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Ford Escape Engine Misfire

I'm hoping someone can help- about at my wits end with this one. I've been having problems with my 2001 V6 Escape having cylinder misfires for about a year with no luck finding the cause. The car stumbles and pops on startup, usually on acceleration, and sometimes when cruising. I've had P0300 through P0306 codes - changes all the time and without any discernible reason (i.e. doesn't change when I move the ignition coils). Right now it says cylinder misfire on 1,3, and 5. It also smells like gas - I believe it is running too rich. I've replaced just about every part and sensor I can think of: ignition coils, plugs, IAC, MAF, PCV valve, EGR (sensor, valve, and solenoid), coolant temp sensor, air filter, fuel filter, fuel pump, fuel injectors, 02 sensors, camshaft sensor, crankshaft sensor, and probably more that I can't remember. I've done a vacuum test and gotten good results, and a compression test came back 170 across the board.



At this point, I'm pretty much reduced to guessing that one of the parts I put in was also bad - the MAF maybe? I'm out of ideas and hoping someone out there has a few (helpful ideas, not "shoot it and buy a Dodge" ideas. :) ) Thanks for any help!

Comments

  • edited September 2010
    Actually, the first thing that came to mind while I was reading your question was the MAF. But I doubt the replacement part is bad, and in fact the original part might have been okay. Instead of re-replacing the part, make sure the contacts for the mass air flow sensor are clean. Often the problem is not that the MAF is bad, but that the sensor and the connections are dirty. CRC Industries makes a specific cleaner for the part and connections. http://www.crcindustries.com/auto/content/prod_detail.aspx?S=Y&PN=05110
    Seems like you did or tested everything else, and the symptoms fit.
  • edited September 2010
    You don't mention actually checking the fuel rail pressure. Was the fuel pressure in fact measured and is it stable during driving conditions?

    You sure have been shot gunning this repair. Have you replaced the fuel pressure sensor/transducer and/or the fuel pump driver module?

    Keep us appraised of your progress on this.
  • edited September 2010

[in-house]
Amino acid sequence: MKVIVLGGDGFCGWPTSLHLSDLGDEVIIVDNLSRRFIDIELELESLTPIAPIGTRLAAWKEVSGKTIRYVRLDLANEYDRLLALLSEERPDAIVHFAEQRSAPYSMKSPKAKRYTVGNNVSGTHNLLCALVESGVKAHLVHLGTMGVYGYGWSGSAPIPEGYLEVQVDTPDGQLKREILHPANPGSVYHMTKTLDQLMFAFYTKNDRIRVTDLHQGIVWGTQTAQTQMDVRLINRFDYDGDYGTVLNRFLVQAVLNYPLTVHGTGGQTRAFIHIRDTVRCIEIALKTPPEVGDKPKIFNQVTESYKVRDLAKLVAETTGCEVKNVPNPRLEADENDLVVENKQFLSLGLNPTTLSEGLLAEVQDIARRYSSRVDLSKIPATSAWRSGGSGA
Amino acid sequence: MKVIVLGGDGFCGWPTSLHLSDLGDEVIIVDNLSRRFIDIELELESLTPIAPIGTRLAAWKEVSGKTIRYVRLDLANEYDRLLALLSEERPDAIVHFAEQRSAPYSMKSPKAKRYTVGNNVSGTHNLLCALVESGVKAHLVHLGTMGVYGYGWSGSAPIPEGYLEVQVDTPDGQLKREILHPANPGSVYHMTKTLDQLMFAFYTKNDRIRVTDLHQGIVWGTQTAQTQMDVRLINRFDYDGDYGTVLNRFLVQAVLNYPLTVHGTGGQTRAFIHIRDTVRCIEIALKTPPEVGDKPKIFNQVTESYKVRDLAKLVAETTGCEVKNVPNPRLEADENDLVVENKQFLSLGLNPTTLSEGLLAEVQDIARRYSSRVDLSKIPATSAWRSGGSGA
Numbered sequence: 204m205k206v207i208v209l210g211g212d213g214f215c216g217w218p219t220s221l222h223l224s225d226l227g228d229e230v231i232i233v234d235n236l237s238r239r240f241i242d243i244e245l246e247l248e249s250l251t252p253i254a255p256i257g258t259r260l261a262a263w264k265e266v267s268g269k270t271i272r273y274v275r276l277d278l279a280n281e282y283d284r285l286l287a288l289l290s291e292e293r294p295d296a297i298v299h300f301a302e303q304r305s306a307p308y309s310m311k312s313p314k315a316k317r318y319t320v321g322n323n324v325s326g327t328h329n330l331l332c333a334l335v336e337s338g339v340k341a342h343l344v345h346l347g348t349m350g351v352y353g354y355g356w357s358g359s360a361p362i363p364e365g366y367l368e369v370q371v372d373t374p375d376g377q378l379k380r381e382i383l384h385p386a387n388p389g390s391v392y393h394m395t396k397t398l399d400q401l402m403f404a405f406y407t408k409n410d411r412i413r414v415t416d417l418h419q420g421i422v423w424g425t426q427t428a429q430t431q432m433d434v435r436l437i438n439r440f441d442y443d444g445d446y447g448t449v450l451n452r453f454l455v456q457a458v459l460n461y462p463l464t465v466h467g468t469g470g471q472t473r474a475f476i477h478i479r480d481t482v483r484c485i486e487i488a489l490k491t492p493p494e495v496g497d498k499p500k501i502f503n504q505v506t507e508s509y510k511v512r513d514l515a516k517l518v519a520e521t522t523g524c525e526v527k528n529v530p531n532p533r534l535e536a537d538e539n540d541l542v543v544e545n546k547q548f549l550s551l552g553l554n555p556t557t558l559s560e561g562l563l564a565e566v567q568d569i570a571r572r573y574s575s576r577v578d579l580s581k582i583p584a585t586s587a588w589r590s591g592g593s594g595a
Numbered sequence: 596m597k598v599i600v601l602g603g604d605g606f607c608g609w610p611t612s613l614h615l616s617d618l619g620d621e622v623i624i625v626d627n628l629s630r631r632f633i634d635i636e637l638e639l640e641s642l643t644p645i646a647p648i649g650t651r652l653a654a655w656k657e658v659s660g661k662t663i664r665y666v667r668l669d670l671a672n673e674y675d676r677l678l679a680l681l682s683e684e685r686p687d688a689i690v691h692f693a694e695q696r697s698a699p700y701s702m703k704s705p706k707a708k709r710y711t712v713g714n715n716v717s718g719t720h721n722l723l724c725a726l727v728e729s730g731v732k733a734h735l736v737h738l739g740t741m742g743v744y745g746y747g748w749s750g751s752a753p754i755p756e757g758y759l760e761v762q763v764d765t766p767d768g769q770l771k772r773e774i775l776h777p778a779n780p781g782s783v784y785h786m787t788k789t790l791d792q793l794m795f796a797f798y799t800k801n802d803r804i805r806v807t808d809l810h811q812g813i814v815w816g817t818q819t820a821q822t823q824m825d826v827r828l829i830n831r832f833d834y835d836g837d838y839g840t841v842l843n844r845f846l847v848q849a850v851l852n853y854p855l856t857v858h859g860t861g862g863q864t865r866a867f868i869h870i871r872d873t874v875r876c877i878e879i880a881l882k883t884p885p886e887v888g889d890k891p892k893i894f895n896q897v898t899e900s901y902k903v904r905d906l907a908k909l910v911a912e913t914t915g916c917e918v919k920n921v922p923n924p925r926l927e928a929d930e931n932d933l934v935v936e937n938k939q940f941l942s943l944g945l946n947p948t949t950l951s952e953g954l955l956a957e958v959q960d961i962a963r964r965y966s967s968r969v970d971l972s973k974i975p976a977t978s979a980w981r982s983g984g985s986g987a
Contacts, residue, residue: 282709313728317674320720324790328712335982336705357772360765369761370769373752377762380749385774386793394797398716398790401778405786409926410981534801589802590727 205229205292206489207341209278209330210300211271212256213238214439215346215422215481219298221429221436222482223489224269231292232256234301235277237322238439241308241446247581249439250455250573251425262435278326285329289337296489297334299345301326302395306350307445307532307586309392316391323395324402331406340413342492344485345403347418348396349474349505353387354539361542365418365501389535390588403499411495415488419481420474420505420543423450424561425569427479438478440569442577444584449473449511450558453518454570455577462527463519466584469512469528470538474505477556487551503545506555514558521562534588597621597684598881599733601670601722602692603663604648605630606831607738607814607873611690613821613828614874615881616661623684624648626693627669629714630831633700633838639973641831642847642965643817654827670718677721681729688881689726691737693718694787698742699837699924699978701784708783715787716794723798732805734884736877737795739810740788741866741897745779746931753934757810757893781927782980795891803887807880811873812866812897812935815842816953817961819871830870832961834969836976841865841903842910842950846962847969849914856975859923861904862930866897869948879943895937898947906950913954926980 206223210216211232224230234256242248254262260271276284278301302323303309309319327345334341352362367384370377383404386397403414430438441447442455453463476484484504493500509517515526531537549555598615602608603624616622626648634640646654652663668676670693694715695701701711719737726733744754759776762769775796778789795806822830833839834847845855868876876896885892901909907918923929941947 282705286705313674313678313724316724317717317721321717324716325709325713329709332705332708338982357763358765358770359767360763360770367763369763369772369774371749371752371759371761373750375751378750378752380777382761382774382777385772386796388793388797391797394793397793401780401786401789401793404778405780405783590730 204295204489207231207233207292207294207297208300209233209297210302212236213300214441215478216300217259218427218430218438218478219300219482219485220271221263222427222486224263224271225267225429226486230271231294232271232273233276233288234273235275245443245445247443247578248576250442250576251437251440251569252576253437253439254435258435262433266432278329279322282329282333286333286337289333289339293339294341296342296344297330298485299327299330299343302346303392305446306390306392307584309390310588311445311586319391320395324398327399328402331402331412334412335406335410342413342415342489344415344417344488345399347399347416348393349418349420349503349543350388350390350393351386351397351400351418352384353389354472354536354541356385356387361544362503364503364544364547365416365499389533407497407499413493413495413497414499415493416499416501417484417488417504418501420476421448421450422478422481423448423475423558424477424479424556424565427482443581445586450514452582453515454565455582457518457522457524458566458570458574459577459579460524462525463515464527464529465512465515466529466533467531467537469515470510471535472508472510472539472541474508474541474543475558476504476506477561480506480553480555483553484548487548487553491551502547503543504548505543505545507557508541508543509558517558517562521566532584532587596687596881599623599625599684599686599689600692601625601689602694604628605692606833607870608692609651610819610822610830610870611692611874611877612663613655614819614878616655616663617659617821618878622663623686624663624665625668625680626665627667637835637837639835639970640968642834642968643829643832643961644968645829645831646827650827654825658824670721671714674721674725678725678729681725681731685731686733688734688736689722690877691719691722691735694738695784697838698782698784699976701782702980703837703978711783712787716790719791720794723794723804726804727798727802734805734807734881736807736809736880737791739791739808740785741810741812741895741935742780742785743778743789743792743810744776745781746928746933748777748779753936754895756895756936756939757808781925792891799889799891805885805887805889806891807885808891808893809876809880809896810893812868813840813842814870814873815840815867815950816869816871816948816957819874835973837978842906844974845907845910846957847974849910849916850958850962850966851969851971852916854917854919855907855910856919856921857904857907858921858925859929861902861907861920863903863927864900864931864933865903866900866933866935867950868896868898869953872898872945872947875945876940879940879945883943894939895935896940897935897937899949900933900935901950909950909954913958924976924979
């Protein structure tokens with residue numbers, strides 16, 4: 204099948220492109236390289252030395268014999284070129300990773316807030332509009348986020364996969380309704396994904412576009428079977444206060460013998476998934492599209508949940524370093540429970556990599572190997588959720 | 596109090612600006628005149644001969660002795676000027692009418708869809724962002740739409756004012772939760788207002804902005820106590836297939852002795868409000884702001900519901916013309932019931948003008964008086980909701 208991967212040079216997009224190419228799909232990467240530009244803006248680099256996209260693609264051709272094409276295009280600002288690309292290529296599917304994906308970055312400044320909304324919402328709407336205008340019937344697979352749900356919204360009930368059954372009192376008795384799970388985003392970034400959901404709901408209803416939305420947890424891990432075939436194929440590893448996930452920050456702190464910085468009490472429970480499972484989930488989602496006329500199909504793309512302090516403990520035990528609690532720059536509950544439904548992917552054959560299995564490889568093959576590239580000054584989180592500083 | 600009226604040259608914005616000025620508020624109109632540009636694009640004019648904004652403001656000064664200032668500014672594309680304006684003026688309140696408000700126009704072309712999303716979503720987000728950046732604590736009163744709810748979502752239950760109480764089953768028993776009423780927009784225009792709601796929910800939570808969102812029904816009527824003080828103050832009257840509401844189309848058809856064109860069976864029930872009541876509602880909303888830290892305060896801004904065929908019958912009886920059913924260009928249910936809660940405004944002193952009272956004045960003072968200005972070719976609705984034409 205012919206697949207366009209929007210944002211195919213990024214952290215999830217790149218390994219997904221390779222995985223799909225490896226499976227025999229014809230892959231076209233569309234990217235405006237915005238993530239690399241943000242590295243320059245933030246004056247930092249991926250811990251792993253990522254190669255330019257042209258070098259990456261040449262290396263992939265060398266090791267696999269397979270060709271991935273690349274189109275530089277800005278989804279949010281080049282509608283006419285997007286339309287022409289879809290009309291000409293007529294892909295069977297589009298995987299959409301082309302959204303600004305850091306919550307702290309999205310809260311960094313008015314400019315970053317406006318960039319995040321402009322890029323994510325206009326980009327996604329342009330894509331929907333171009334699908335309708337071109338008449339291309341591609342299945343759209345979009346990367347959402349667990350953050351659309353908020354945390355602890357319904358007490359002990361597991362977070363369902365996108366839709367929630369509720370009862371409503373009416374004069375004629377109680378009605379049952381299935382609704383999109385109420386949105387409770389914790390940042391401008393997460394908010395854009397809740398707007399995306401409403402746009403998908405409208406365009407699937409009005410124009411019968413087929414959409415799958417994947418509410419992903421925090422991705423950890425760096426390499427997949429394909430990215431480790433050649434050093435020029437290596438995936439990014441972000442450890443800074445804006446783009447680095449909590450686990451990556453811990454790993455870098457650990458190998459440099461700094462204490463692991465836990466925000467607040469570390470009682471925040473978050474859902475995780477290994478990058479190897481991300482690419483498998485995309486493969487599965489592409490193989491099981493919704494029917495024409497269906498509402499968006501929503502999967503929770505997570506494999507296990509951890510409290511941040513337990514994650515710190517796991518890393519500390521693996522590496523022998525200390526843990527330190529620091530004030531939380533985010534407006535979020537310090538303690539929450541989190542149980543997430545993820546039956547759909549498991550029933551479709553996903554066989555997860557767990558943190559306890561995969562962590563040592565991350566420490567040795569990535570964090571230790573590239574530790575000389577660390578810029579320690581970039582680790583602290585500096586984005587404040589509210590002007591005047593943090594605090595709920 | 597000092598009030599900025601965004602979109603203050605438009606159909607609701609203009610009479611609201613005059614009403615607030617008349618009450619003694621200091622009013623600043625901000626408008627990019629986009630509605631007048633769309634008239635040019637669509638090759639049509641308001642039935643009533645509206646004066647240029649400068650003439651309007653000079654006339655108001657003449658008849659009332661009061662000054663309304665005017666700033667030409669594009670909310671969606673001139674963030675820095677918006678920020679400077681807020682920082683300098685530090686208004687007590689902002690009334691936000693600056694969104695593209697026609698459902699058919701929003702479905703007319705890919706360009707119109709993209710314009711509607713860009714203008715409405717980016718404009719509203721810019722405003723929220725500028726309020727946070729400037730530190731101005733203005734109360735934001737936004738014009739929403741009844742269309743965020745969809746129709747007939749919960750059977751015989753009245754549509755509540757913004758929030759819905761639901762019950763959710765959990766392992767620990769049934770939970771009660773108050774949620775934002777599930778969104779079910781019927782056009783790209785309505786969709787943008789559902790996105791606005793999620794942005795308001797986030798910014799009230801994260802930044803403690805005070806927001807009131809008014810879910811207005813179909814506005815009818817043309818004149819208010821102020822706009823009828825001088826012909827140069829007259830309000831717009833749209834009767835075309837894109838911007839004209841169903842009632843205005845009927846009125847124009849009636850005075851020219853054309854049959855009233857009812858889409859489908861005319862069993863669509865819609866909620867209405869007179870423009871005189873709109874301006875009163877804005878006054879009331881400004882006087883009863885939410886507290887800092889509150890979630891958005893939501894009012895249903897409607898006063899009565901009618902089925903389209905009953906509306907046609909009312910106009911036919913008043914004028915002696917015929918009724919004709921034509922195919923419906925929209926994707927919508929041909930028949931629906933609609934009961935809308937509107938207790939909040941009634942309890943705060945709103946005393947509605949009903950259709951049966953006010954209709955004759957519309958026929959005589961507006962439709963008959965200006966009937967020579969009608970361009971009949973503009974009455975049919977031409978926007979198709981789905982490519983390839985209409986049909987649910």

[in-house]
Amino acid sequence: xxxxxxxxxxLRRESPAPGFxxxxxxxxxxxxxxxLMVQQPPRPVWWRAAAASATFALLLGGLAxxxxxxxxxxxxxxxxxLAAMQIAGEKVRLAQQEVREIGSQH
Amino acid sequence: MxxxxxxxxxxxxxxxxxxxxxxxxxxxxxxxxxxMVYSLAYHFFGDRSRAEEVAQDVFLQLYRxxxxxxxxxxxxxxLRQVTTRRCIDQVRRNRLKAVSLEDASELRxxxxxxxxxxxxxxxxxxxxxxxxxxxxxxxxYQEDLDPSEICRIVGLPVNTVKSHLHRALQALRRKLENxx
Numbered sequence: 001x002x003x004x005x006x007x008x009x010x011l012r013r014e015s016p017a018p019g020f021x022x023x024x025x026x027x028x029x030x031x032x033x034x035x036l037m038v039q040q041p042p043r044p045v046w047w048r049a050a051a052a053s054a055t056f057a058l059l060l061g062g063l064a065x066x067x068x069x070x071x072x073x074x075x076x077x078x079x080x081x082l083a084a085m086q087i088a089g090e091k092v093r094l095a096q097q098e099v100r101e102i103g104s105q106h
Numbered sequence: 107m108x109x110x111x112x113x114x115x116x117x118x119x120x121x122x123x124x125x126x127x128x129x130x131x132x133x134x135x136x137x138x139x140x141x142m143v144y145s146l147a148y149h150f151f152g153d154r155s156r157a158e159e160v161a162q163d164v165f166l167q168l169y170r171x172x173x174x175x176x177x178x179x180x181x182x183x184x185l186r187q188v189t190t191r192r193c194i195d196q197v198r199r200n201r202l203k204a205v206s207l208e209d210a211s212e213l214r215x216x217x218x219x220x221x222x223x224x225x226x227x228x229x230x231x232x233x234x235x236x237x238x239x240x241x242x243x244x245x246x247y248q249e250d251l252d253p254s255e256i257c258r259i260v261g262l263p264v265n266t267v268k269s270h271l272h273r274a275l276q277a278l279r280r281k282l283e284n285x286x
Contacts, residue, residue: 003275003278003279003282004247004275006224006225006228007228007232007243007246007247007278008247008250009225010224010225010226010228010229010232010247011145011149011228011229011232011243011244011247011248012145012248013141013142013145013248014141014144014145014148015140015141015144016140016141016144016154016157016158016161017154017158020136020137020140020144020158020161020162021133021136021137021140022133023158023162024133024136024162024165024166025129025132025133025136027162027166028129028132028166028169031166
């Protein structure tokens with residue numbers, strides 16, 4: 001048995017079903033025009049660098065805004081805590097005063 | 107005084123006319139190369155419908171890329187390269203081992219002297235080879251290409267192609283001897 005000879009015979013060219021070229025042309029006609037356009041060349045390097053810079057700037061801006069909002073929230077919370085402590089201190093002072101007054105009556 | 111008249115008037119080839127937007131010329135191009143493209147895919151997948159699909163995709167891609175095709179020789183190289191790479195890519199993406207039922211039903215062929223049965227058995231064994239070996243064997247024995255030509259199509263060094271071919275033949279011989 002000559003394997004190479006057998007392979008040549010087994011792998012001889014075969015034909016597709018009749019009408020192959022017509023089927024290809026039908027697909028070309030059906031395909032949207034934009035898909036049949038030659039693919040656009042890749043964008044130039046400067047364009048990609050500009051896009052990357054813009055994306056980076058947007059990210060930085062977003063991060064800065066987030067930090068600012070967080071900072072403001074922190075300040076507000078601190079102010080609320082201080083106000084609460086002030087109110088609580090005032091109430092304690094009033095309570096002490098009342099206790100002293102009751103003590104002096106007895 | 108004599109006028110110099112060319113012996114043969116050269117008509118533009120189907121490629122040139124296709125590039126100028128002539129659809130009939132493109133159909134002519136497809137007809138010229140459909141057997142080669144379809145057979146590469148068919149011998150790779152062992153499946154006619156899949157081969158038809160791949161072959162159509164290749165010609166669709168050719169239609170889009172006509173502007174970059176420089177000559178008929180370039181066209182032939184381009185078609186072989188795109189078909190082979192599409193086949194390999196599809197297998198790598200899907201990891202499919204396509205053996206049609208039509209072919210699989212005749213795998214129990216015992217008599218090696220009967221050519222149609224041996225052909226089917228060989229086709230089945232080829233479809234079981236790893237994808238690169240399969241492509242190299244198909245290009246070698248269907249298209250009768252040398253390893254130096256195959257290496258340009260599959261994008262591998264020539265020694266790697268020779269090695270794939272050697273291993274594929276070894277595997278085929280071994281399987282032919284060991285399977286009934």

I have suspected the MAF - it has come up a number of times reading about these types of problems. I actually replaced it with a reman. (only thing I could get at local parts store) - and have returned it a second time. No change. Possible the contacts are dirty, I will check and clean them. I've also considered just getting a MAF from the dealer, but I wince at the price if I'm not sure it is the problem.
  • edited September 2010
    I've considered the fuel pressure - I haven't checked it personally(I don't have the tool), but at least two of the shops I had it at assured me it was good. I'm not sure how to test it while driving - and the problem is worst when first started up.

    AFAIK, the fuel pressure sensor is integrated in the fuel pump module which I replaced (with a used one). The module (I believe) is part of the PCM, I don't think there is a separate driver. The only thing on the fuel rail in the engine is the fuel pressure dampener, which I have not replaced - it is not leaking, but I don't know how to test it to see if it has simply failed.
  • edited September 2010
    Since I posted this, I added a quart of Marvel Mystery Oil to the crankcase - nothing else. And since it has been getting worse the last couple weeks, but after I added the oil it actually seems to be getting better. No miracle cure, but it seems to be doing better. Any ideas of what this could mean? Sticky valves? Clogged lifters? Any way to diagnose this or fix it if it is the problem?
  • edited September 2010
    Why would you do that??
    Now you need an oil change too. A whole quart? MMO is something you used to squirt into the oil fill to mix with the oil to allegedly clean up deposits on the cylinders and even bearings and valves and whatnot, BEFORE just about every oil came mixed with thinner oils and detergents for just this exact purpose, and before every car began recommending exactly which oil blend to use!

    Since when does it even come in quarts?!?